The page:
In part 1 of our primer on propane, we talked about the nature of propane gas, and made a few points about taking care of propane storage cylinders. We’re back again to postulate on other propane peculiarities.
How Much LP Do You Use?
LP gas is a highly concentrated substance—there’s an awful lot of energy packed into that little container. Just how much? Glad you asked! From the technical side, there are roughly 91,000 BTUs (British thermal units) in a gallon of LP. So how does this work out? The typical RV refrigerator burner runs off about 5,000 per hour. That would mean over 18 hours of full-blown operating time on a gallon—but of course, unless you’re in a really hot climate, your fridge will be switching off and on.
Big consumers of propane are water heaters and furnaces. A 25,000 BTU (measured at input) furnace will run off five gallons of LP in that same 18-hour period. Into long showers? Keep in mind your typical six-gallon RV water heater eats up 12,000 BTUs of running time.
While you can sit and compute with a calculator and specification information, most RVers can tell you with experience just about how long it’ll take to chew up their available propane supply. But if the cost of LP cuts into your lifestyle, here are a couple of things to try:
When in warmer weather, if your water heater has a standing pilot light, simply set the heater valve to “pilot” and let the pilot light keep the water warm. Some report that with judicious use of showers they can actually keep from lighting off that main burner and let the pilot do it all.
RV furnaces are notorious LP hogs. If you’re in the market for a new furnace, compare the input BTU figures to the output—if 85 percent or more of your heat is going into your RV, that’s pretty good efficiency. But to make your LP go almost 100 percent, consider using a “blue flame” or catalytic style heater—almost 100 percent efficiency, and no use of 12-volt power to run a blower fan.
Traveling With LP
A point to keep in mind while traveling is that not everything sold as propane is the same. In a few areas, particularly in parts of Mexico, the product sold as propane has a higher proportion of butane gas than that sold in most areas of the U.S. That’s not usually a problem, as higher butane content LP burns just as well as that made up with lesser concentrations of butane. A problem can creep up if you take the “more butane in the mix” LP to colder climates. Where the ambient air temperature is below freezing, butane will not vaporize correctly, which can leave you with an inoperative gas system. If you gas up in Mexico, you’re best off using up the load before you head to the colder areas of the states.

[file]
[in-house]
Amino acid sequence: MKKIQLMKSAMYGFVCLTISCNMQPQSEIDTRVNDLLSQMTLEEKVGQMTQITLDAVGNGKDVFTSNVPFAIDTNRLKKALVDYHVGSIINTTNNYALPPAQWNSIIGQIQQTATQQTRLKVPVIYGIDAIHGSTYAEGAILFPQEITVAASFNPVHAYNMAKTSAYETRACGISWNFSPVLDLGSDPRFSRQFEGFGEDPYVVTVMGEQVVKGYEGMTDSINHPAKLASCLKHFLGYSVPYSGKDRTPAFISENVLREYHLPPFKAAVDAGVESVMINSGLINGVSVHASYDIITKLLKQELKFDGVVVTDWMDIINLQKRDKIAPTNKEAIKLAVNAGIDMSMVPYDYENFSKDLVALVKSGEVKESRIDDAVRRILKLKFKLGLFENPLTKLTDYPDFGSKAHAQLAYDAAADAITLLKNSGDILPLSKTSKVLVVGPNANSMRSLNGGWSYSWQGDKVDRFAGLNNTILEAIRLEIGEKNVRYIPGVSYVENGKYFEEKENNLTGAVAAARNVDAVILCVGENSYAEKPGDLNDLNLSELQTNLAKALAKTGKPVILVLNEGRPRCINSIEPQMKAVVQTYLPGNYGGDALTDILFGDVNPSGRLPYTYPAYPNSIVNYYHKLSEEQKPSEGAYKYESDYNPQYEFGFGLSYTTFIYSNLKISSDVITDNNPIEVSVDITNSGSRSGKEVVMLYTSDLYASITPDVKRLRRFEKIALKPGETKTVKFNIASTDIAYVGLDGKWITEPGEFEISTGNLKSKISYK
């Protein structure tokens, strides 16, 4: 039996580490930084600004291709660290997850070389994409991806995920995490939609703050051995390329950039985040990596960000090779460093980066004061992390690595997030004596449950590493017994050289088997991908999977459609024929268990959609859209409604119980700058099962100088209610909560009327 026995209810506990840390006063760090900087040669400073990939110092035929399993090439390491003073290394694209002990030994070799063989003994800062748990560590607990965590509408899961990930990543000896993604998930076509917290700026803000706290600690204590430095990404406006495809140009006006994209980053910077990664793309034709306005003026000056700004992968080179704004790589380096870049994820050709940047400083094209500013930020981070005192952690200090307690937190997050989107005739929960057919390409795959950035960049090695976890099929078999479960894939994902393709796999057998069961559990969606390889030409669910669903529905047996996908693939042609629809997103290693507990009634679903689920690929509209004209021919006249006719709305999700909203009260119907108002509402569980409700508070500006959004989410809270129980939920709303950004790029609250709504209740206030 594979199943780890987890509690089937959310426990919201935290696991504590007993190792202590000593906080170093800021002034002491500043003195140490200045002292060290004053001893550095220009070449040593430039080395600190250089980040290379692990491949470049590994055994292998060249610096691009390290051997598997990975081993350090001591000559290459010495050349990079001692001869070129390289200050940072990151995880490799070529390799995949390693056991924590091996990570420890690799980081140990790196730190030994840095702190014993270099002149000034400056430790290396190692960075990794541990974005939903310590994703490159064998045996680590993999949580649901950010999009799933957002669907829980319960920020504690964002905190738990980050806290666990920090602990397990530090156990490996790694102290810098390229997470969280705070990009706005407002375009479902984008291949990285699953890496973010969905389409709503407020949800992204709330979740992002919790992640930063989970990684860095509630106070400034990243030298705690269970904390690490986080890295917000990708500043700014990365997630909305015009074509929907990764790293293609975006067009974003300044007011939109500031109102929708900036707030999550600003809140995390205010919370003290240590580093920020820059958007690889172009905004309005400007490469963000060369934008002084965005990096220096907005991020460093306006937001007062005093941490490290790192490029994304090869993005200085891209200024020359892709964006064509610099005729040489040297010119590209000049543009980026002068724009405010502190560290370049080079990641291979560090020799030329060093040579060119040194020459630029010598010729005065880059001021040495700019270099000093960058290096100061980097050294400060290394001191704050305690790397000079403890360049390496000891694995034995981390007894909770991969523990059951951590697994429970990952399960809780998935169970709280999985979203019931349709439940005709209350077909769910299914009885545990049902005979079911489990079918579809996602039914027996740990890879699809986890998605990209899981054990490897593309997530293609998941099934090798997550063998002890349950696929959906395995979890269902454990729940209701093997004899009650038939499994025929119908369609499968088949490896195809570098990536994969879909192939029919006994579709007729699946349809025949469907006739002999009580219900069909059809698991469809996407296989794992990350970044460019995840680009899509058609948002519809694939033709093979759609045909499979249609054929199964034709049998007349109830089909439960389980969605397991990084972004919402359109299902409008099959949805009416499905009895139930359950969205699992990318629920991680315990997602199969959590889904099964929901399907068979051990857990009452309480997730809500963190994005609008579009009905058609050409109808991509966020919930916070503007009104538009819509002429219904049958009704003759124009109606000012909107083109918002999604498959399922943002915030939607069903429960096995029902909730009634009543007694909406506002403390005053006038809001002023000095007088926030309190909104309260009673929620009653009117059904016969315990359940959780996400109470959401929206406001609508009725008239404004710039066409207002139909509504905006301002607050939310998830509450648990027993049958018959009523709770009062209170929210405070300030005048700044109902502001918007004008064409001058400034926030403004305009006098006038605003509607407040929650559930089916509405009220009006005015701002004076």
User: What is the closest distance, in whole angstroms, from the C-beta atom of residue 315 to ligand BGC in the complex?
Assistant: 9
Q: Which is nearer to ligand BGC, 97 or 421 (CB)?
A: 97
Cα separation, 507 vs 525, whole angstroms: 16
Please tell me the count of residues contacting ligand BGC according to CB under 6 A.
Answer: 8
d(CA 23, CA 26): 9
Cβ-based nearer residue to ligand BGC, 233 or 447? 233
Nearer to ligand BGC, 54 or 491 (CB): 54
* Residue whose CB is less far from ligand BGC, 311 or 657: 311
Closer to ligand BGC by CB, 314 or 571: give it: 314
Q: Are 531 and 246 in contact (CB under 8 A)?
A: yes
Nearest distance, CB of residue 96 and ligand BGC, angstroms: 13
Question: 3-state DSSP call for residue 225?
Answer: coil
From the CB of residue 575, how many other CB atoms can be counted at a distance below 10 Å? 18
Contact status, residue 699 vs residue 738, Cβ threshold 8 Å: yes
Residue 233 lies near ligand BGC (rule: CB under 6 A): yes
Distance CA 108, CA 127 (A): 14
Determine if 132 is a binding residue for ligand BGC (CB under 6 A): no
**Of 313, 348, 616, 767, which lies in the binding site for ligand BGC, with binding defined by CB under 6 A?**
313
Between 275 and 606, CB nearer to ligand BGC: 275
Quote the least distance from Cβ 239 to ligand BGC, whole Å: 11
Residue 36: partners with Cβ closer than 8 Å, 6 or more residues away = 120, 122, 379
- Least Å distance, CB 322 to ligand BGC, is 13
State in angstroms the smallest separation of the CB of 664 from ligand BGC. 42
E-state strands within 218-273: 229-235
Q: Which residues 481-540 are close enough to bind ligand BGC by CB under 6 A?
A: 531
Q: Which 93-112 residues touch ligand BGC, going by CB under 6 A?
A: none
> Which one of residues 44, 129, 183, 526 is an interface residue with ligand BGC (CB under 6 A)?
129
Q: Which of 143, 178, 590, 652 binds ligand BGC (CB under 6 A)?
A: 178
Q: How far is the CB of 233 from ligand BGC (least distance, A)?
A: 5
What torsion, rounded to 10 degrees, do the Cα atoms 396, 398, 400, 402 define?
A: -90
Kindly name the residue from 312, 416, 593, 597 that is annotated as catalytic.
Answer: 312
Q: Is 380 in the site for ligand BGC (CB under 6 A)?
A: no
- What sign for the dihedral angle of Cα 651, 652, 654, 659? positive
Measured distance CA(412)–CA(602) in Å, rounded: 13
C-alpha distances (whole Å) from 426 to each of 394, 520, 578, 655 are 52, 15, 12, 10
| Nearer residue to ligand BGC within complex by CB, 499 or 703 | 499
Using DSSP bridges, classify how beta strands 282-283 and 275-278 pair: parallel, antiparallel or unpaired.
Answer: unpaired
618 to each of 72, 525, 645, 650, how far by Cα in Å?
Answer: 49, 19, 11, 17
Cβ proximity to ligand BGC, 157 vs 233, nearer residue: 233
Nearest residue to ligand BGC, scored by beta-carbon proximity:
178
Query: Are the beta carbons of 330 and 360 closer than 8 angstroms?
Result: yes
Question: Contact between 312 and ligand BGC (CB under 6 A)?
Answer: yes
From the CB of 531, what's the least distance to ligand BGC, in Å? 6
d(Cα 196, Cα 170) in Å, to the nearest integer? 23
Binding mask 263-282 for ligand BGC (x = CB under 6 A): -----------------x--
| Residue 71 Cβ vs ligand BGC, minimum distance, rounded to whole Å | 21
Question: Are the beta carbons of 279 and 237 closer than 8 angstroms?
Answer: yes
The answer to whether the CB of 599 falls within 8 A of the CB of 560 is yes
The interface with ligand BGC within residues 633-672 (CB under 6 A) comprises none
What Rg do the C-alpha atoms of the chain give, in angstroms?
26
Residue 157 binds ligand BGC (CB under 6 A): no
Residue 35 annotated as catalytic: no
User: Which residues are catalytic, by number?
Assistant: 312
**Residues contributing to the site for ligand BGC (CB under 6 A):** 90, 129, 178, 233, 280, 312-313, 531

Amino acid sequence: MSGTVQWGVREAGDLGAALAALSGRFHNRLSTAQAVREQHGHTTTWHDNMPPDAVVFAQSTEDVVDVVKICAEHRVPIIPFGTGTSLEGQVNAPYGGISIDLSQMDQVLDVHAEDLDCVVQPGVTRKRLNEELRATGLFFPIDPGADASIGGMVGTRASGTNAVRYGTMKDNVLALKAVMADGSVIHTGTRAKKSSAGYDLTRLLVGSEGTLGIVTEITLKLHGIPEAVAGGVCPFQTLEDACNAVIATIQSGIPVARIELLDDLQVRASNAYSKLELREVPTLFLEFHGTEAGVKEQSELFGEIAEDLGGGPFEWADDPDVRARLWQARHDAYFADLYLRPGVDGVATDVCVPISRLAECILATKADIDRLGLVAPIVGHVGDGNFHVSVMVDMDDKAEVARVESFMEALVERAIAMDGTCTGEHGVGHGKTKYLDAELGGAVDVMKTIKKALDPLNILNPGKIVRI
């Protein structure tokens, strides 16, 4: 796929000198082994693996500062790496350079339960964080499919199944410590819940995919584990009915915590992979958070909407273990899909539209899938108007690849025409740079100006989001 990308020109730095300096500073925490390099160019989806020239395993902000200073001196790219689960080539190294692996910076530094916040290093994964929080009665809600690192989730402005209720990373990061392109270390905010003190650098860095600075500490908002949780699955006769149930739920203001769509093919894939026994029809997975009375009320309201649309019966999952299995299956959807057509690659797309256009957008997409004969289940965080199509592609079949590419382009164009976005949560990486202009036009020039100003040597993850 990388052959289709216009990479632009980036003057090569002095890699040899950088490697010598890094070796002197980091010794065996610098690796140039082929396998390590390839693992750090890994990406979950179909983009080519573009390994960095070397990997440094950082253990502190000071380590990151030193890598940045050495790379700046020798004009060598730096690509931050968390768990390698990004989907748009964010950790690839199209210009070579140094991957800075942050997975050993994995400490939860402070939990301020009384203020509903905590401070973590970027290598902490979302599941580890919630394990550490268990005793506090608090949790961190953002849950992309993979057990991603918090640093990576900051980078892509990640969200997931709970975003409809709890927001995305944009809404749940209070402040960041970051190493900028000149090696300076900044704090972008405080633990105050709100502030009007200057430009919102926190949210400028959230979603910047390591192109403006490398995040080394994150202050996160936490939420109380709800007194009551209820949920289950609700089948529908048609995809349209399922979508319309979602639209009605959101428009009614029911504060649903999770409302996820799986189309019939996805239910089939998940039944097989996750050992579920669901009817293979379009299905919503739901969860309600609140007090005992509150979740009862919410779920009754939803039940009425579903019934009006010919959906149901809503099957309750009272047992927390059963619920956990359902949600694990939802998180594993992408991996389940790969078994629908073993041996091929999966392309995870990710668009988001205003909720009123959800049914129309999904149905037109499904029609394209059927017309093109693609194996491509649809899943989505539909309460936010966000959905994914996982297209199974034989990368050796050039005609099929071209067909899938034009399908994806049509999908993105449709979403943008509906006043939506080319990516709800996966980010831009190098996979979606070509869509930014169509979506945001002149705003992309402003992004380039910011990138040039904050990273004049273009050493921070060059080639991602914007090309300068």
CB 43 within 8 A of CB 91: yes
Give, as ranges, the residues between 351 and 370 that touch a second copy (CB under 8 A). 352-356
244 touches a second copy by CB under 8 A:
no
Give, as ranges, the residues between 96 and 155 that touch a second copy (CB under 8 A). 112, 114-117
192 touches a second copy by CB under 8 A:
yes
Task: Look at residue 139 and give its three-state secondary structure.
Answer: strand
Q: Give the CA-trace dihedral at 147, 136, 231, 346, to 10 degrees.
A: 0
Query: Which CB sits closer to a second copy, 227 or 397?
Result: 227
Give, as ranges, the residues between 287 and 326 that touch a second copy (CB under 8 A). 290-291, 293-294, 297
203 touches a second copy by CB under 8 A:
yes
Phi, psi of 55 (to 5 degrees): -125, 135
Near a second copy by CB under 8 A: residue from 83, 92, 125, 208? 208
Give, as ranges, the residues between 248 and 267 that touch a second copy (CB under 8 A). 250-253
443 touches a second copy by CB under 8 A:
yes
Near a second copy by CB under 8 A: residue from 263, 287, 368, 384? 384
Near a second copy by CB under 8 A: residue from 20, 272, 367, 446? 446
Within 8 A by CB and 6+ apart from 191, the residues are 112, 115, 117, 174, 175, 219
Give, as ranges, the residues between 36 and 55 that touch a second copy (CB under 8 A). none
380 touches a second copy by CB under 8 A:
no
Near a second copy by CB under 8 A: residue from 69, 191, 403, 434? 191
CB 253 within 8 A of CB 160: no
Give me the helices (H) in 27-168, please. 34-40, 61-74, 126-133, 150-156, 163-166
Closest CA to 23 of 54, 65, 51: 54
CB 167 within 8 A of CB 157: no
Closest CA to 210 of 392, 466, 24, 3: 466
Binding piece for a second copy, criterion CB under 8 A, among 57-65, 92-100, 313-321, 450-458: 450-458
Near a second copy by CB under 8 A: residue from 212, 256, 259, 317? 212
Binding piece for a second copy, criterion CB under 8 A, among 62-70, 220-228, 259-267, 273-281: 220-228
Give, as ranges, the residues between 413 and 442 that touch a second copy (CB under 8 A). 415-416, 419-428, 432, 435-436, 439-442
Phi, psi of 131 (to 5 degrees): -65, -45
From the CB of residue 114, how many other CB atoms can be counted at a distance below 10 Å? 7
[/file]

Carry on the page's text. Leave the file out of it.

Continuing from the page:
Now here’s where we get to stick our necks out: Do you run down the road with your LP gas valves open? We’ve never seen a definitive study, but some tell us they do. Others forswear having the refrigerator cold while motoring, telling us they feel a lot safer with the LP turned off. We used to be of the latter camp: If we were out of camp, the valves were closed. Then we started motoring through the desert country in summertime and found that here was an exception to our old maxim: “Keep the reefer door shut, it’ll stay cold enough.”
Yes, it’s nice having the food cold, and not fearing a case of food poisoning. At the same time, there is that bit of dread. The old “what ifs” keep flowing: What if we forget to shut off that refrigerator when we pull into a gas station, and the worst thing happens? What if we get pushed off the road by a big truck and we tip the unit over, and an LP line breaks? A disaster is the answer to both of those “what ifs.” Wherever possible, we prefer to run with our appliances turned off, and the gas valves closed. And in country with moderate summer temperatures, that’s doable. We’d rather not become a terrifying statistic.
In any event, should you decide to run with your valves open, then ALWAYS stop before you get into a refueling station of any kind (gas or LP) and TURN OFF any gas fired appliances. Standing pilots or automatic ignition, either way, the pilot or the spark from ignition can really create an explosion hazard under the right circumstances.
Other LP Safety Concerns
It’s not a bad idea to go through the LP system annually to check out safety concerns. With a bottle of soapy water solution (heavy on the dish soap) or our favorite, an LP gas sniffer, check all gas connections inside and outside your rig. If you have (and know how to use) a manometer (gas pressure gauge), then check to make sure your LP gas regulator is doing its job correctly. Don’t have one? Call around and find out what RV service facility will give you a good rate to test your regulator, and give you some peace of mind.
While doing your LP safety walk-through, check out all gas-using appliances for insect encroachment. Some wasps think the odor of LP is like honey to their cousins. They’ll build little nests in RV vents, causing appliance malfunctions, or worse, allowing for a buildup of deadly carbon monoxide gas inside your rig. An RVing friend of ours, investigating a stubborn furnace problem on his fifth wheel, got a real surprise. As he put his face down to the furnace vent to take a closer look, the furnace attempted to light. A wasp nest in the vent finally gave way, just as the face got down to the same level. The resulting BOOM ensured that his heart was still capable of pounding at a high rate of speed.
LP gas is a wonderful tool for RVers. Use it with care, observe appropriate safety cautions, and you’ll have plenty of good times in your RV.
Russ and Tiña De Maris are authors of RV Boondocking Basics—A Guide to Living Without Hookups, which covers a full range of dry camping topics. They also provide great resources in their book, Camp Hosting USA—Your Guide to State Park Volunteering. Visit www.icanrv.com for more information.